(on the americas, if one wanted to be deliberately contrarian, one could argue that the average European who moved to the americas – and their descendants – might well have been better off not to have)
Bring in solar power, wind power, wave power and now you have an unlimited and infinite natural resource.
Some big assumptions there Ross. Sorry but natural resources are not infinite and the example you quote is misleading. US Oil production peaked in 1972 and almost equaled that output again in 2015 but with such a dramatic decline in return on energy required for extraction/production that the net energy return for oil is still significantly below the 70’s production. Such is the level of decline that copper at a mere 0.6% of ore is now being mined at places like Bingham Canyon Mine. We are very much scraping the bottom of the barrel in so many areas: water, fisheries (Northern hemisphere ships in the Antarctic Ocean?), fossil fuels and minerals. Technology may have some solutions but will they be affordable and scaleable to meet the needs and wants of the people we already have? Probably not I would suggest.
I wonder about the future consequences for places like the UK with a growing population and their need now to import energy, minerals, timber and food. Despite the many great things about the Brits (innovative, rule of law, education etc) I suspect it will become increasingly difficult for them to maintain their per capita wealth and income.
The growth of America is likely an unrepeatable example based as it was on some very exceptional circumstances – a huge country laden with resources combined with the means and need to exploit them, Europe in a series of turmoils and a constitution that facilitated and a belief that encouraged liberty, private property and wealth. Despite that they decided to restrict immigration to quite low levels at times. From 1941 to 1960 – a time of extraordinary growth in the economy and wealth of the American people only 3.6 million immigrants came in. Vastly less (per capita) than our current levels.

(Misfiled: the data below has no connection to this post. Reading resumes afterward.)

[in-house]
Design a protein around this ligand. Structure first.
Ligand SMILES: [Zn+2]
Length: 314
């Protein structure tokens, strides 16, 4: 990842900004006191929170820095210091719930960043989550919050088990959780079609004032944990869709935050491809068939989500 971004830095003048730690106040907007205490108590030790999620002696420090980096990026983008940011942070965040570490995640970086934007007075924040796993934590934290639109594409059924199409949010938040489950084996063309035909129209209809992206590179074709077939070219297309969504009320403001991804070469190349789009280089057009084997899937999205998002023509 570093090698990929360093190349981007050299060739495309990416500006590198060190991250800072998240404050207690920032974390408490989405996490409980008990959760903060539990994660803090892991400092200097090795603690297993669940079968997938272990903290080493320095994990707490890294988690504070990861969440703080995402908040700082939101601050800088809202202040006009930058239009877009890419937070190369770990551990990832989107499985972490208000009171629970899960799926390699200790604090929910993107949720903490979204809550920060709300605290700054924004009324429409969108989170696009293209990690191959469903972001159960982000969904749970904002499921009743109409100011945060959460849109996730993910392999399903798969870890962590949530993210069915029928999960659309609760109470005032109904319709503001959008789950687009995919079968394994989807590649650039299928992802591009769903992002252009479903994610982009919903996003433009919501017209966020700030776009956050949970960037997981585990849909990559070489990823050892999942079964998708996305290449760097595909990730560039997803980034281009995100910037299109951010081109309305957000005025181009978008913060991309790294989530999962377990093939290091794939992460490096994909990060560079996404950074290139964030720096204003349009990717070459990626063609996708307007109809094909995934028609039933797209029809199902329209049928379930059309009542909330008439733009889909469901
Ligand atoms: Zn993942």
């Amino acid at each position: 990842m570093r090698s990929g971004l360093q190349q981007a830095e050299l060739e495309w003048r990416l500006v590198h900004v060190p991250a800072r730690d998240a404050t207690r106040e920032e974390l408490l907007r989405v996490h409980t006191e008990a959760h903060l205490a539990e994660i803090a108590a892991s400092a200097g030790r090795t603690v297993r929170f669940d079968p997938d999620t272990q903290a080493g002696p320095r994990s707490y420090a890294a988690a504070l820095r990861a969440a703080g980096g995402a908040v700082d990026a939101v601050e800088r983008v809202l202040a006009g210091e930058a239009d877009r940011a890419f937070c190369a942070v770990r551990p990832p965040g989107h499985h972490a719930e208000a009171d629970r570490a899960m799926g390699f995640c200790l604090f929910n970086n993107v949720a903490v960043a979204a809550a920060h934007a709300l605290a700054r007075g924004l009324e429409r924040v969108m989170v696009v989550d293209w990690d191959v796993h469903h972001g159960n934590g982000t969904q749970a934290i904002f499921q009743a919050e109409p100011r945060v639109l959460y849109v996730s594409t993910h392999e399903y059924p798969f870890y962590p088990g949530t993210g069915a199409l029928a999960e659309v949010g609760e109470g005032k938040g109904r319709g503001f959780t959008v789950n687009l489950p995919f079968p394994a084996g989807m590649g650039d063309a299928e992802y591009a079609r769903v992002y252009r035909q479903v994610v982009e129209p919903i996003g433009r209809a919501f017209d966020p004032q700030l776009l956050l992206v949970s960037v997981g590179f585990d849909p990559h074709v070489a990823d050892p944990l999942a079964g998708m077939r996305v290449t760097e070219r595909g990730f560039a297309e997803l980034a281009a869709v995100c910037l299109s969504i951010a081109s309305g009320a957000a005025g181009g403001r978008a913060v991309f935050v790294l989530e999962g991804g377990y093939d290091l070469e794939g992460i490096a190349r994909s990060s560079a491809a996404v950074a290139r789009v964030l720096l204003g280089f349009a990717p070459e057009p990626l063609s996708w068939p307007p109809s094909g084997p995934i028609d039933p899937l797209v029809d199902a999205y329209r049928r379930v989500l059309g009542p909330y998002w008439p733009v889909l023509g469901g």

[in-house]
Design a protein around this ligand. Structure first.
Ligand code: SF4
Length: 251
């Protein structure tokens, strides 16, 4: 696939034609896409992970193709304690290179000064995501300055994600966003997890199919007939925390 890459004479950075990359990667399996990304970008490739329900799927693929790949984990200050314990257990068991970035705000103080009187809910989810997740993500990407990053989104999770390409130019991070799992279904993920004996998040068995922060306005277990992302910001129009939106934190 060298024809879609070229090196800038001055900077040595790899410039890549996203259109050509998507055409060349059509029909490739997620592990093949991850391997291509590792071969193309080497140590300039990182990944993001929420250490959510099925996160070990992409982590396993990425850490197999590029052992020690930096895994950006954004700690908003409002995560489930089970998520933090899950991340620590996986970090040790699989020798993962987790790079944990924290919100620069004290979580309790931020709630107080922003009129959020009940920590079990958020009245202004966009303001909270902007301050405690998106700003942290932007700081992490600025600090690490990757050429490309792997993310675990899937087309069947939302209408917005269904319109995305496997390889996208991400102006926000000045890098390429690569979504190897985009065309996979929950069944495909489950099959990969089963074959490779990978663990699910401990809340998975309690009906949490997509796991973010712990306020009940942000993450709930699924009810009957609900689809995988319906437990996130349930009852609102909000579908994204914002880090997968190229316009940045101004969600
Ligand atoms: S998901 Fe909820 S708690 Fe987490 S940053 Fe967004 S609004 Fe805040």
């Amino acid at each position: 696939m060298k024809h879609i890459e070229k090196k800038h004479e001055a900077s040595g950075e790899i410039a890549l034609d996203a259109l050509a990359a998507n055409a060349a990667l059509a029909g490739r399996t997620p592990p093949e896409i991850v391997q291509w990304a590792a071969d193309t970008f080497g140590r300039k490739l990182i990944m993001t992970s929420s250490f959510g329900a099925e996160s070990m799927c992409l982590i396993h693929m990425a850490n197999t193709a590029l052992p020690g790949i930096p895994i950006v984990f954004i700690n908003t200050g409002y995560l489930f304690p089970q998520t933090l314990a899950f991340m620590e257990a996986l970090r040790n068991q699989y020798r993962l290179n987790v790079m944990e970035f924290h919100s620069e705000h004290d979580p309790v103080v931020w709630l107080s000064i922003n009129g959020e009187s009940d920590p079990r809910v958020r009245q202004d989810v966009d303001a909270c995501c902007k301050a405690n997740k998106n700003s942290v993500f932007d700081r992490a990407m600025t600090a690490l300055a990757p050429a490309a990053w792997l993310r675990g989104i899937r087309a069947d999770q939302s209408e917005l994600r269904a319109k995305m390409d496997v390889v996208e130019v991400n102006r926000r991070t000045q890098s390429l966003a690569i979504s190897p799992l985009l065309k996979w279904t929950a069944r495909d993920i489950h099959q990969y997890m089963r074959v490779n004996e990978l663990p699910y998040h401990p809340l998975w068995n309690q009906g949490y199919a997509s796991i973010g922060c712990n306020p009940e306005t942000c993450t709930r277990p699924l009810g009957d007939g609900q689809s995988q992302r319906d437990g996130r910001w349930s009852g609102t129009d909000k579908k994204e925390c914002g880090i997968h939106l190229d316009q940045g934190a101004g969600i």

Thats where you are wrong. Some natural resources are finite. Others like solar, wind and wave energy is infinite. Increasingly our technology is moving into that space. Even a nice prime piece of meat is being talked about as being 3D printable.
Sorry. My mind was on the UK/norway comparisons, and so I was thinking about mineral resources. Some other resources are renewable – eg our pastoral/agricultural land – but still finite. Is anything infinite – God apart? I’d suggest probably not.
Finite as far as the current technology but as we adapt and improve our technology new sources become available. I believe Elon Musk’s target of inhabiting Mars is the next technological frontier so even the land mass once considered finite is now looking like its not.
Well, yes, as i noted in the original post the oil/gas always were in the North Sea, but (a) the countries weren’t aware of it, and (b) couldn’t have extracted it anyway.
If the Martian landmass really does come into play, i guess it won’t be very good for those countries with lots of land on earth.
I’m certainly not suggesting that the exploitation of natural resources should be the entirety of our economy. “Send off the ore/timber/crude oil and sit back and enjoy” is a sure recipe for failure but to increase your population at an exponential rate while relying heavily on those resources is a high risk strategy.
The middle east is clearly in population overshoot, masked for the present (in most parts) by some solid income from their oil resource. I can imagine things becoming extremely (more) unpleasant in that part of the world in the future. They have chosen to compound their looming problems with a medieval attitude to personal and economic freedom, democracy, women rights and a (dare I say it?) religion that rejected the enlightenment and continues to suppress much of modern scientific thought at great cost to their present and future.
If you look at the history of China. It was a great trading nation when it was open to the rest of the world opening the Silk Road into Europe. But when it started to become inward looking and adopted protection policies and closed its borders it decline rapidly.